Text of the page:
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  • Route 7 Review

Mold by Shannon Burns

Shannon Burns is an emerging writer based in Mt. Baldy, California. She has graduated in 2023 with a Bachelors of Arts degree in theater from Azusa Pacific University along with a minor in creative writing. Her published short works include Dead Between Walls, Uprooted, and Max Byers. She continues to not only publish more essays but also expand herself to works involving the stage and screen.


Mold



I traverse along the sandy shores and molt from my skin if necessary. The way I walk—mostly


sideways—is far from the ordinary. What am I?


I have a big allergy to mold, so much that my lungs practically give out within a certain


moment of time. They become like a time-ticking bomb; the louder they squeak on every exhale,


the sooner I need to leave.


One day, I visited a cabin across the street from my house to help my dad clean it up after


the previous owner had left. From what he told me, she was probably one of the worst tenants


that ever lived in this cabin, despite her cordiality.


I hang above your head, swinging to and fro. I can be full of candy, but you may never know.


What am I?


I remember how this tenant and I used to talk almost all of the time. It seemed like she


was an additional family figure; she desired the best for me and never wished me any harm. For


example, I reached out to her one day because she forgot to return my heating pad. Not only did


she give it back, but she also added a sweet apologetic note and box of Girl Scout cookies for my


troubles. It was such an unexpected yet lovely gesture. Apparently, it was cordial enough to seem


slightly uncanny. I questioned why that was. I even tried to shake the feeling away by telling


myself that she was just being nice. Little did I know that my intuition screamed “you’ll find


out.”


I am a boneless, structureless mass able to mold into something new. You can stretch me, squeeze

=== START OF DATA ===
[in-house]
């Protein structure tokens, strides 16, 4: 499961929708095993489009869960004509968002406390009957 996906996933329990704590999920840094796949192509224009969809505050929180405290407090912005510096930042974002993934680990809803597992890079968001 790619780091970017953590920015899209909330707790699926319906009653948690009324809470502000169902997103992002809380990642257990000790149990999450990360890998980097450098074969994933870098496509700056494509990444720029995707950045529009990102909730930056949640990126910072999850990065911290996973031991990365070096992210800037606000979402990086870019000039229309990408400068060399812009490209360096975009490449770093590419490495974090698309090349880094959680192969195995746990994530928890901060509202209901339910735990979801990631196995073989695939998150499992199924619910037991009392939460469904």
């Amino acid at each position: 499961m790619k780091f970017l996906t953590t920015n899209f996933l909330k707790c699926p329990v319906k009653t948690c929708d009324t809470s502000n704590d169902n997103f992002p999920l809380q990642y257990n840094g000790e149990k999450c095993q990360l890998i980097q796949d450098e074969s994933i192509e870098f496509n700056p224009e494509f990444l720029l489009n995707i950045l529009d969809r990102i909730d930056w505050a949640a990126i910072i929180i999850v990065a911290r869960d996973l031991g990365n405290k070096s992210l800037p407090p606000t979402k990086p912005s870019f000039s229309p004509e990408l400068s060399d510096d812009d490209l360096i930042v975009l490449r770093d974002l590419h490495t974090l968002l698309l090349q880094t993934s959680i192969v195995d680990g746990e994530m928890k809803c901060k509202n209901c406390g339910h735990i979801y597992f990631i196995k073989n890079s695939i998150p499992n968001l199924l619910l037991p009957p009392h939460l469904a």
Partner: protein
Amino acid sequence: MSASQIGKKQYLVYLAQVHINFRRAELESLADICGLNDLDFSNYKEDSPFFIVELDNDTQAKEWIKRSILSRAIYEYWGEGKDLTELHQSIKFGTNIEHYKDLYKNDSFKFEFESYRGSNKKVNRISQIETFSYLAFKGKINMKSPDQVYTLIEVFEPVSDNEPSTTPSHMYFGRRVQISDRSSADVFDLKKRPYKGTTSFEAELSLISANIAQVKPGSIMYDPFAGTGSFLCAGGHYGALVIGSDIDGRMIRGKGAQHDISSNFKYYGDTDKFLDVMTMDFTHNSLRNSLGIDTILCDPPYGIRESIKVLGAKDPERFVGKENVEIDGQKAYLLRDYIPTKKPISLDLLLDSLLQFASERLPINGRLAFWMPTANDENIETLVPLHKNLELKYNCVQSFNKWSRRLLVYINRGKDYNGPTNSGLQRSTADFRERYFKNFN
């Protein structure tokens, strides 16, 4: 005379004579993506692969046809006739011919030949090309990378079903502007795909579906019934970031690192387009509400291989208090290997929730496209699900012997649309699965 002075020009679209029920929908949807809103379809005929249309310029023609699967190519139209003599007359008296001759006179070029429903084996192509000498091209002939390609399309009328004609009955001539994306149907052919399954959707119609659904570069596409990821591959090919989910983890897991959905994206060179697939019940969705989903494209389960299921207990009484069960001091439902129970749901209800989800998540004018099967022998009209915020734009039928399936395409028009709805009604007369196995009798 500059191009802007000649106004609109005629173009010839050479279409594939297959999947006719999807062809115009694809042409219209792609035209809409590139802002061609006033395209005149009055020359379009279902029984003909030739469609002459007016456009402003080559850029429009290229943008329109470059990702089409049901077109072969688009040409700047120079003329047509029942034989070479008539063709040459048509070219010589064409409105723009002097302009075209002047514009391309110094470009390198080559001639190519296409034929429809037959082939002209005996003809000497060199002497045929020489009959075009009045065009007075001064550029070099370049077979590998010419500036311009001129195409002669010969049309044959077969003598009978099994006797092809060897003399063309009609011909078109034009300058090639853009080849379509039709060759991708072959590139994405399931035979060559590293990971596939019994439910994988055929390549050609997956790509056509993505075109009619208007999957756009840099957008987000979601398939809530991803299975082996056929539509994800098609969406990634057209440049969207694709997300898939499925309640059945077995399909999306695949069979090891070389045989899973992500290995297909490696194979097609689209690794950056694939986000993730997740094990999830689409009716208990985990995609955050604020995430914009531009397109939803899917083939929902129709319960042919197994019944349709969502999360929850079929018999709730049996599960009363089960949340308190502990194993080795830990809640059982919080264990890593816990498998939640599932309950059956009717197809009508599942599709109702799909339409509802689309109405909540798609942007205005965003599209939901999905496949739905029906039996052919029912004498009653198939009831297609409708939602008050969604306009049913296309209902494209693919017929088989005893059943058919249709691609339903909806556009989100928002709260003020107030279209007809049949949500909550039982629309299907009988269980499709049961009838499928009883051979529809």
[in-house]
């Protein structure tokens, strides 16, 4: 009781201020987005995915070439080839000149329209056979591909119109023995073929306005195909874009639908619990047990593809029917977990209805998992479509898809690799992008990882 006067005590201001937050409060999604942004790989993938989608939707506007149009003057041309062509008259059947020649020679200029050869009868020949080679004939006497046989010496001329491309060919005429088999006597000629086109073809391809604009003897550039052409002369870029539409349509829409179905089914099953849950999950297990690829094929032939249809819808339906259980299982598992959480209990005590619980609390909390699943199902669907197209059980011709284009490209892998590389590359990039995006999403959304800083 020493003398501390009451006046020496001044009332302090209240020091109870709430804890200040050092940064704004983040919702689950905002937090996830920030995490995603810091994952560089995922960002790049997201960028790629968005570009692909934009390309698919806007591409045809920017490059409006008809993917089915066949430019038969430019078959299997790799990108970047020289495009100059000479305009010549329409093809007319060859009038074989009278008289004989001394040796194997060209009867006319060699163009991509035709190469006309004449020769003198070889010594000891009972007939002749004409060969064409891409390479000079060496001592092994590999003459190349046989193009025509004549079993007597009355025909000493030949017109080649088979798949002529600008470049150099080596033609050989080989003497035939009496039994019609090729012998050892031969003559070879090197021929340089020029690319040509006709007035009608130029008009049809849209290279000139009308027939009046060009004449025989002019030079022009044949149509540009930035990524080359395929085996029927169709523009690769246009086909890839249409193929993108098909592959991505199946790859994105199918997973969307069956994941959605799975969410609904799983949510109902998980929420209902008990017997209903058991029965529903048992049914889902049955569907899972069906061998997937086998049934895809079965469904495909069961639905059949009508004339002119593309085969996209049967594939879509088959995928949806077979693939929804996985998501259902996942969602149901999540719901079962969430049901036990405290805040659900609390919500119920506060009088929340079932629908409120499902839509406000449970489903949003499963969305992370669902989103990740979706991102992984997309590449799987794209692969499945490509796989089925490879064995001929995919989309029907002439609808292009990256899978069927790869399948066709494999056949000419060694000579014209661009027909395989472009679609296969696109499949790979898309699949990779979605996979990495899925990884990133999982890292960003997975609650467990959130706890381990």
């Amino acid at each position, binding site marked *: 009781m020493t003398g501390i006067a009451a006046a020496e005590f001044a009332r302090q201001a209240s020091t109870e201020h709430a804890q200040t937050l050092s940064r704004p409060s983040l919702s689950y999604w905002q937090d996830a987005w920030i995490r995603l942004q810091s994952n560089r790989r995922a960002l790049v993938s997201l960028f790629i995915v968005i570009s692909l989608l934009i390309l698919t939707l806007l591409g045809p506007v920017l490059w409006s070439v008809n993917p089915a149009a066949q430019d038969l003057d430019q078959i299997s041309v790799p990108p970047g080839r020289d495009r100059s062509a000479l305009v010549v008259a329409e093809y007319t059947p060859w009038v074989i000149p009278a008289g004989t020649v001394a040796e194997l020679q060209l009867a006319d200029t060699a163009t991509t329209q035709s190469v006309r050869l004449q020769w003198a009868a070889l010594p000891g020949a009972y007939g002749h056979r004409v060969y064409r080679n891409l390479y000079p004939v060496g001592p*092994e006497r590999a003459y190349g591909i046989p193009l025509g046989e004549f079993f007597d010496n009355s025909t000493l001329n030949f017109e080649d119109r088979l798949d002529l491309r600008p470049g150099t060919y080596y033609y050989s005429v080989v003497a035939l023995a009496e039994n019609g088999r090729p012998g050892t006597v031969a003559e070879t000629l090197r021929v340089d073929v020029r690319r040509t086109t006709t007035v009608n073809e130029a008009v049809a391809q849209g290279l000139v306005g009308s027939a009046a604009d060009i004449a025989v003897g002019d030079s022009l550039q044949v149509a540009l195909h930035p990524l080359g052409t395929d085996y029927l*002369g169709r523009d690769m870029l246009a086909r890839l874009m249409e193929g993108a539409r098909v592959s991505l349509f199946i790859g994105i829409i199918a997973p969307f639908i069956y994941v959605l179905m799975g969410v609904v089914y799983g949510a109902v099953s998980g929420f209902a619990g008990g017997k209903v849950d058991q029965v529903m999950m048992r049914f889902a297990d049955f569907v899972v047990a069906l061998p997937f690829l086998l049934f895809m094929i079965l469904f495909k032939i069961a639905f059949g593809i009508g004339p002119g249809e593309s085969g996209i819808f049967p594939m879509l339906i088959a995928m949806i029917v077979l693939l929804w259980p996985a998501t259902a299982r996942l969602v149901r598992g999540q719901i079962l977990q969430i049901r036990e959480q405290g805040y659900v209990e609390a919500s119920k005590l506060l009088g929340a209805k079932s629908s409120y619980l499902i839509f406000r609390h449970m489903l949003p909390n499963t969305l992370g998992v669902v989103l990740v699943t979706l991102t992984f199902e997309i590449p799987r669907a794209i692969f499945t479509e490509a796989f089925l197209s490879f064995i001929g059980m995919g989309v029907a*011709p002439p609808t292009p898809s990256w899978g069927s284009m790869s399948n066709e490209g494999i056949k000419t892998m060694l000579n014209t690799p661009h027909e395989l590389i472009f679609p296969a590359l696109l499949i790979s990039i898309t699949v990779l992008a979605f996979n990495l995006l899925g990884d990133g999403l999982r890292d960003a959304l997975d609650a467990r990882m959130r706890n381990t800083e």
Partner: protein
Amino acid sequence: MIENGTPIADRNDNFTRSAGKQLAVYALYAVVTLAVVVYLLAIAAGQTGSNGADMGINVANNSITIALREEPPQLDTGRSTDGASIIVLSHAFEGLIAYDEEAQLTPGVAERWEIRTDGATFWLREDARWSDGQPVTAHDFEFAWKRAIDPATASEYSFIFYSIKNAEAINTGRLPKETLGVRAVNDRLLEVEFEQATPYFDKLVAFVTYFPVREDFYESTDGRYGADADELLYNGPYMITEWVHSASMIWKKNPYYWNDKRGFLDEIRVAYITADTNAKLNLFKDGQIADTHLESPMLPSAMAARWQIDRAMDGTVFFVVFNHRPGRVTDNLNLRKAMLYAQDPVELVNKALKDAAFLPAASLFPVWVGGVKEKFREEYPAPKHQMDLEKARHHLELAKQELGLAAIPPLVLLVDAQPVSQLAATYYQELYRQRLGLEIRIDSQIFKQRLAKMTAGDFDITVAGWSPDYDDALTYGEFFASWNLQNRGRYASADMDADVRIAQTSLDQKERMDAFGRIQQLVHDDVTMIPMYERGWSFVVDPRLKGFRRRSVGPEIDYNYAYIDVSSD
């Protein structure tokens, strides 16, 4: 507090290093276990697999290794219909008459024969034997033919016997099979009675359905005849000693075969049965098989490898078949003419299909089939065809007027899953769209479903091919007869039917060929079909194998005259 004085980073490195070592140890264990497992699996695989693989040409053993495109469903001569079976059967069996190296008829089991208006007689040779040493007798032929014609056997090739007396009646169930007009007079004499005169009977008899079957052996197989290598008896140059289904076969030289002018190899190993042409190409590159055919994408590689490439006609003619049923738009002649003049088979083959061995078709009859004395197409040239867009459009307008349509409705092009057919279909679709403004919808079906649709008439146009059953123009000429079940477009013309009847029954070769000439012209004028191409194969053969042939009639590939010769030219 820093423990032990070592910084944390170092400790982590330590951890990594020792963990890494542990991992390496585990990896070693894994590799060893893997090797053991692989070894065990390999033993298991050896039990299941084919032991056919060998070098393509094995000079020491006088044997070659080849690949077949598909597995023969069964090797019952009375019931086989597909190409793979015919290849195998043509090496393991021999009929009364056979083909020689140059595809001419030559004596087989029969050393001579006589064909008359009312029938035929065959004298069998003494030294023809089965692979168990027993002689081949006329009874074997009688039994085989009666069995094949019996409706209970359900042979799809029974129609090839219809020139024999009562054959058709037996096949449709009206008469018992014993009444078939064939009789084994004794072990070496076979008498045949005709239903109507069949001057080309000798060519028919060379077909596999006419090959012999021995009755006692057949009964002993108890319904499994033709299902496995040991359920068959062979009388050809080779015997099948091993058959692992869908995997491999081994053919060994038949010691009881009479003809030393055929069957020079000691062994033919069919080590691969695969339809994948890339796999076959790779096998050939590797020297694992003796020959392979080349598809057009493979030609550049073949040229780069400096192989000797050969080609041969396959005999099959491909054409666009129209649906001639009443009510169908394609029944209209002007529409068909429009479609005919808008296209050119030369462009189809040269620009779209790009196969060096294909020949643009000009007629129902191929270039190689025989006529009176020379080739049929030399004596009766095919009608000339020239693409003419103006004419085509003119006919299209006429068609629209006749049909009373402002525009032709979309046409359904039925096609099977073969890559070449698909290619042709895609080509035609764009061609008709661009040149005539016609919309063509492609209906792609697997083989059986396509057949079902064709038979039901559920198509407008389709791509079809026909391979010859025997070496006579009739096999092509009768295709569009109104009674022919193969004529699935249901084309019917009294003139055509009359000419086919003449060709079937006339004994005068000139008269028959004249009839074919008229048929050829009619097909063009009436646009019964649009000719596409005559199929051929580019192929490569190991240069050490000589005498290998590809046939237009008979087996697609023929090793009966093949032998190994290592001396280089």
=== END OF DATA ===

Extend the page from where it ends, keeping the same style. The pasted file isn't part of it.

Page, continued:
me, into whatever you choose. What am I?


It didn’t take that many steps into the cabin to notice that there were contents everywhere


on the rug. While I was throwing them away, I found needles, edible wrappers, pills, and


cigarettes. What has she been doing the entire time she was there? Just then, my lungs began to


squeak and I started sneezing. My dad guided me to the bathroom, and that’s when I saw another


creature within the walls: a large patch of mold festering itself on the tiles. It certainly looked


like it was feeding off of something while reproducing again and again. I approached it to try and


clean it up. The squeaking in my lungs turned into an alarm, and I began coughing violently. I


quickly left the room, trying not to step on any stray needle or broken glass. I refused to be a part


of what happened.


I am a delicious dish that will fill you up fast; though, I made need a bit of stirring in order for


the sauce to last. What am I?


My dad decided not to get long-term tenants anymore. After seeing the state of what it


was, I never blamed him a bit. Therefore, we decided to turn it into an Airbnb. During that time,


the mold was cleaned, and it ended up looking like a different place. However, it was still the


same place.


I am weak and frail...all my thoughts and willpower have failed. What am I?

Whenever I would come into the cabin to help mop the floors or gather the sheets, I still


felt my lungs tremble from within me. The physical mold wasn’t there on the walls anymore, yet


there was something else festering itself. The idea that something potentially illegal happened


within these walls left the overall place to be a desolate spot. Despite its adorable interior from


the new decor, the air still left a chill along with the gloomy silence. The newly fixed heater


barely warmed the space in which the furniture appeared to stray further from the center. The


couches and stools remained closer to the walls, almost trying to sniff out the mold themselves


then freezing when finding out.


Mold is strangely skillful at hiding what’s there—whatever clean tiles they manage to


shroud. However, the toxicity that they leave behind will remain inside whomever is unfortunate


enough to inhale it. I, for one, was one of those unfortunate people. The friend that I thought I


could spend the rest of my life with is most likely spending her life behind bars due to addiction


or some other influenced act. I wish I hadn’t known about any of it, yet, in cases like these,


ignorance is never bliss.


During the aftermath of a fire that broke out in the LaLaurie Mansion in April of 1834, witnesses


entered the building to see if there were any survivors. Despite suspicious pleas from the owner


to not enter, they managed to break into a room upstairs. They then saw something that was


enough to make their hearts stop. Several slaves were kept into that room, chained up and


emaciated. One slave’s joints were so disconnected that they walked like a crab. Another was


seen hanging with his intestines tied around the waist. One was stretched so much that their


limbs were detached. Another had a spoon sitting through a hole in his head, apparently meant


to stir the brains. Finally, one other victim had a gash on her head, thus keeping her from being


able to move around freely.

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